City Measure #1 is really nothing more than authorizing an enormous tax hike within the city. Proponents of this idea dismiss the tax as something only visitors will pay. Apparently they don’t think the rest of us ever go out for a burger or rent a hotel room in this town, or they think we’ll forget that we do. Every time you go out to eat you’ll be paying more if Measure #1 passes.
The hotels would love for this measure to pass because it creates much more convention space (no, it wouldn’t expand the arena for the next big concert or minor league sports team). That means they would be able to rent more hotel rooms out to convention attendees. In a way, this is subsidizing the hospitality industry. Why can’t they put some money together and simply provide this service themselves, if it’s so lucrative?
Right now I can only think of two Bismarck hotels which provide convention service of any magnitute: the Ramkota and the Radisson. If the other hotels want a piece of the pie, why don’t they expand to offer it? After all, we’re told it’s such a money maker.
IF you ask John Q. Public what he’d like to see improved in the current situation, I’m sure his top three answers would be: 1) Parking; 2) Parking; and 3) Parking. This $90 million dollar expansion plan, which was only $50 million as recently as June of this very same year (LINK), does not address additional parking according to Mayor Warford (LINK).
Local resident Lynn Bergman points out that this tax not only makes coming to Bismarck to eat or stay in a hotel room more expensive, and therefore less competitive price-wise, but also does not address the increased maintenance costs for such a facility. What happens when the Civic Center has to maintain the larger facility as well as a full kitchen staff and other amenities? You and I are on the hook for it as citizens of Bismarck.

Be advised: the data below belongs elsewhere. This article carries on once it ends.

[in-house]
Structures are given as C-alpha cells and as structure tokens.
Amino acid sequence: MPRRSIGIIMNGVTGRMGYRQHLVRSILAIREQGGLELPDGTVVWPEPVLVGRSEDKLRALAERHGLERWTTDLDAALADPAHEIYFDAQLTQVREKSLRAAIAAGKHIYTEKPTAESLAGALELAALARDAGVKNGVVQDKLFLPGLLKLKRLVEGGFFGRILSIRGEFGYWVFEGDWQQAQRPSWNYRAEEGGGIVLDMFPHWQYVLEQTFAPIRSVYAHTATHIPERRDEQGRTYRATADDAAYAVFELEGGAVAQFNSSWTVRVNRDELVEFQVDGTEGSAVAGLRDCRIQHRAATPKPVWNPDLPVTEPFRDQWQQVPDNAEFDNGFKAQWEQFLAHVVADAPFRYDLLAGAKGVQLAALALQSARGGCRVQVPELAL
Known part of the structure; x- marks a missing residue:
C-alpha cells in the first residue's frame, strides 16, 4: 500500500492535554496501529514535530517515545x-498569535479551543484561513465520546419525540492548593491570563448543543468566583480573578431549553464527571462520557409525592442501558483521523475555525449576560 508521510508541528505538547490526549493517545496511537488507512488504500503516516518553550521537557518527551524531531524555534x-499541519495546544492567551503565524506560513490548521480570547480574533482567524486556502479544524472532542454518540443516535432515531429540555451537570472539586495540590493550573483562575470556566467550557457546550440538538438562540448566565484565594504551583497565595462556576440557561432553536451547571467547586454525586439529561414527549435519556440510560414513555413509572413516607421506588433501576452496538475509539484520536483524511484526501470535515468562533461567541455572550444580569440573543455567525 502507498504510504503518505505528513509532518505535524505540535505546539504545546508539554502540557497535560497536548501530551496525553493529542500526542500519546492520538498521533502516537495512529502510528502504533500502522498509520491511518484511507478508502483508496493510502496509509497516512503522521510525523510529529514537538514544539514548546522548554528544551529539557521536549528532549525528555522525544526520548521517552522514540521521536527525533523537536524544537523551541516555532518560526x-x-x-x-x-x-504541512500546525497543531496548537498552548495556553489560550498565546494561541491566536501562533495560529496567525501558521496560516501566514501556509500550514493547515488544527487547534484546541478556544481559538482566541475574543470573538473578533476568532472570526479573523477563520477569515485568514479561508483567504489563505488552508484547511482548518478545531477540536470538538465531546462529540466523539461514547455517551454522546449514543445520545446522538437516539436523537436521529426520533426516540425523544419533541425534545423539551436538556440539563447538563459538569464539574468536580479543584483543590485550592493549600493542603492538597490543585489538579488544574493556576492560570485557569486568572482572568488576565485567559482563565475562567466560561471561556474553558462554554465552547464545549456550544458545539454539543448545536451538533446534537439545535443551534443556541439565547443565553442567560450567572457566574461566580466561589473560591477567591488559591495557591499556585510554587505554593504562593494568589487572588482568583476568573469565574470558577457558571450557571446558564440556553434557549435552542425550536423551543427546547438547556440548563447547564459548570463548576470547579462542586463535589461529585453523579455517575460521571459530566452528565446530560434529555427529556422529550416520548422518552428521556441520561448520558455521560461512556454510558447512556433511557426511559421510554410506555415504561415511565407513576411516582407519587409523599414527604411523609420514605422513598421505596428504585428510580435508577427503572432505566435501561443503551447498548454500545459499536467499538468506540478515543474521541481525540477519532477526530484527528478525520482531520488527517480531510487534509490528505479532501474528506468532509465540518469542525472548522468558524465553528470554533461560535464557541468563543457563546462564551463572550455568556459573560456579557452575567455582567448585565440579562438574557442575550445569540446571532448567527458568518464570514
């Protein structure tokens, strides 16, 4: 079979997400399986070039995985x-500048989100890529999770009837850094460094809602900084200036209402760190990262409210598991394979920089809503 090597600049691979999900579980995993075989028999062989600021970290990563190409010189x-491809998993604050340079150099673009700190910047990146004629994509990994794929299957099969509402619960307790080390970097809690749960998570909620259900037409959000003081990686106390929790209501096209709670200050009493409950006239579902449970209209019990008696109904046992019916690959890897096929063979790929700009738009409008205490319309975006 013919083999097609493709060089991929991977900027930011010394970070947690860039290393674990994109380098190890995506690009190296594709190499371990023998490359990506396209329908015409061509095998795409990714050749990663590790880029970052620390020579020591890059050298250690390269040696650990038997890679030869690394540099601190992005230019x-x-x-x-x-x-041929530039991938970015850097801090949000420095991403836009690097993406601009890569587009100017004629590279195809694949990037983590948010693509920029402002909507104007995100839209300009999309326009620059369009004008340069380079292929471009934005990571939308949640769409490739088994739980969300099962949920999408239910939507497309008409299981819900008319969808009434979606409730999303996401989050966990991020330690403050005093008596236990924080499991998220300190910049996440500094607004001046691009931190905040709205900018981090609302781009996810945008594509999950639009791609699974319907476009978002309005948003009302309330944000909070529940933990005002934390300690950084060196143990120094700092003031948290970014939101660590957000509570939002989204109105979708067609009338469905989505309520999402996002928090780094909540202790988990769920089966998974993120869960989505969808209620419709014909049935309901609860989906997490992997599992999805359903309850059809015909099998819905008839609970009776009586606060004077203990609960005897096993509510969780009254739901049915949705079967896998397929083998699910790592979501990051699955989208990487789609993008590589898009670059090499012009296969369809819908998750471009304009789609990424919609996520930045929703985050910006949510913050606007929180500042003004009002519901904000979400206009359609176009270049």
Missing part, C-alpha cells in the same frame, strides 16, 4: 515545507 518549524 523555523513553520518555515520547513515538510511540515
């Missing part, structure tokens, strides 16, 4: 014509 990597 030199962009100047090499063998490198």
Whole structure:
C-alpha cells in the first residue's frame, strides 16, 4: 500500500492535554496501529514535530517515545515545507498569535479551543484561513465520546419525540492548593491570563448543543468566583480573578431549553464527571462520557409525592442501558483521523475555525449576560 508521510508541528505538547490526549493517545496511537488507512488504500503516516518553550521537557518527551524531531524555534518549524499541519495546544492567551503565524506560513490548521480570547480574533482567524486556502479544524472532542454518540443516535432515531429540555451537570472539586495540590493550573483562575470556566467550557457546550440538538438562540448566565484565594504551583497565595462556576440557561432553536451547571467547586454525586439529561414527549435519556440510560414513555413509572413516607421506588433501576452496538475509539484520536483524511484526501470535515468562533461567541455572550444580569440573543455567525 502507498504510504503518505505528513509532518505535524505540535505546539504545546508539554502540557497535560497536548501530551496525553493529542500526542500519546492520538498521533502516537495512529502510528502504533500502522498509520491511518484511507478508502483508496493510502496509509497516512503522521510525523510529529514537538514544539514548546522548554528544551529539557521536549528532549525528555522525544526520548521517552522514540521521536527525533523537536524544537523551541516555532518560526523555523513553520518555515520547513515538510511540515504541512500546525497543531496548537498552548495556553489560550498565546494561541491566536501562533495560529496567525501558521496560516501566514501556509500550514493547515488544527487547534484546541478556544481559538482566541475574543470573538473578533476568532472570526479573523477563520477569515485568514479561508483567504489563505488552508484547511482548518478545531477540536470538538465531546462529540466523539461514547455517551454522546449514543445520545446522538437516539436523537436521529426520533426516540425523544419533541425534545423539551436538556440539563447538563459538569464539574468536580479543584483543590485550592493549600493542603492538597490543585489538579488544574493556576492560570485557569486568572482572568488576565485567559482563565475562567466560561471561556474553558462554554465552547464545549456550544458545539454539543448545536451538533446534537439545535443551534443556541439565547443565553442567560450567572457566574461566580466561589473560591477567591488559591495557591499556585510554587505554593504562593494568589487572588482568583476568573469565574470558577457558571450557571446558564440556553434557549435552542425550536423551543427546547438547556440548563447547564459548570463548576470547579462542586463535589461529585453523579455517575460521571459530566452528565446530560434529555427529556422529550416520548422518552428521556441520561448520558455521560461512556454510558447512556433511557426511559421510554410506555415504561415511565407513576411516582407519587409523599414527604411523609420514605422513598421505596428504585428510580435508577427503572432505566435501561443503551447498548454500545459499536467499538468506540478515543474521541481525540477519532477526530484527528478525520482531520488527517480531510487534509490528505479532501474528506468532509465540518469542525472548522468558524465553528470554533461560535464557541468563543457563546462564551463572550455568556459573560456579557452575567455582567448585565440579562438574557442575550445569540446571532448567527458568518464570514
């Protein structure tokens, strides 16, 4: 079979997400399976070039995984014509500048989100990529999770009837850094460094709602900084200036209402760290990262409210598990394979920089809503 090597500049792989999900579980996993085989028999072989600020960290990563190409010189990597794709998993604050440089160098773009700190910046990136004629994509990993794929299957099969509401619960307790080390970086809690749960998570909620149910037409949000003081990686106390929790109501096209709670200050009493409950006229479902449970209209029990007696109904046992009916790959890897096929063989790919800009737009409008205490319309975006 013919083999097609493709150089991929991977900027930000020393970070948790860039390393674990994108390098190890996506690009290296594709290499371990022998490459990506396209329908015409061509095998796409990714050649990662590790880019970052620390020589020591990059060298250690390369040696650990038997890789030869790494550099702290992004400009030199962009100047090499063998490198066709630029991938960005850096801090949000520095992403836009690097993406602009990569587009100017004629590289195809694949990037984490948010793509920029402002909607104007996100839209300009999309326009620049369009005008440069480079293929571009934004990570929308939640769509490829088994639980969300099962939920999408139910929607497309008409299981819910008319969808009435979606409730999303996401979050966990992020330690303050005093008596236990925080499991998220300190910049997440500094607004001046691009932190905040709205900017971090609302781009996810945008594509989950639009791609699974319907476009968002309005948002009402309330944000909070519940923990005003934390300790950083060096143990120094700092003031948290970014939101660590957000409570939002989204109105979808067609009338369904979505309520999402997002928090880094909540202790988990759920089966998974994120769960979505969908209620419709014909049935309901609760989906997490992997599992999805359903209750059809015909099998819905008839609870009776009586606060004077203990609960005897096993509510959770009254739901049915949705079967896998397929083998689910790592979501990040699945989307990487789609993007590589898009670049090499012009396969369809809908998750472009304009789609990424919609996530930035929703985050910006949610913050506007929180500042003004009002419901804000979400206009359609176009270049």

By the way, if you read this Tribune article you’ll find that this tax doesn’t even pay for the Civic Center expansion completely! They simply assume that they’ll be able to come up with tens of millions of dollars of additional revenue from other sources (LINK) to cover the current price tag (which is nearly TWICE the estimated cost from five months ago).
Again, I don’t think this is the right idea.
It’s an enormous tax on Bismarck residents, regardless of what the proponents tell you;
It doesn’t even address parking, one of the Civic Center’s greatest weaknesses;
It raises enormous questions regarding maintenance and operations costs;
It’s for a project which has nearly doubled in cost over only the past six months;
It assumes that tens of millions of dollars in additional funding are going to fall from the sky in order to complete the project.
Finally: what if the economy turns south, by the way? Even if Mitt Romney wins the election, the Obama EPA Administration is preparing an unprecedented effort to strangle coal, one of our state’s key energy industries (LINK). If that happens, and our state economy falters as a result, are the City Commission going to find this $23 million (currently) as they anticipate? If people cut their extra spending (such as hotel stays and going out to eat) and that tax revenue drops as well, who’s left holding the check for this $90 million dollar debt? You and me, residents of Bismarck.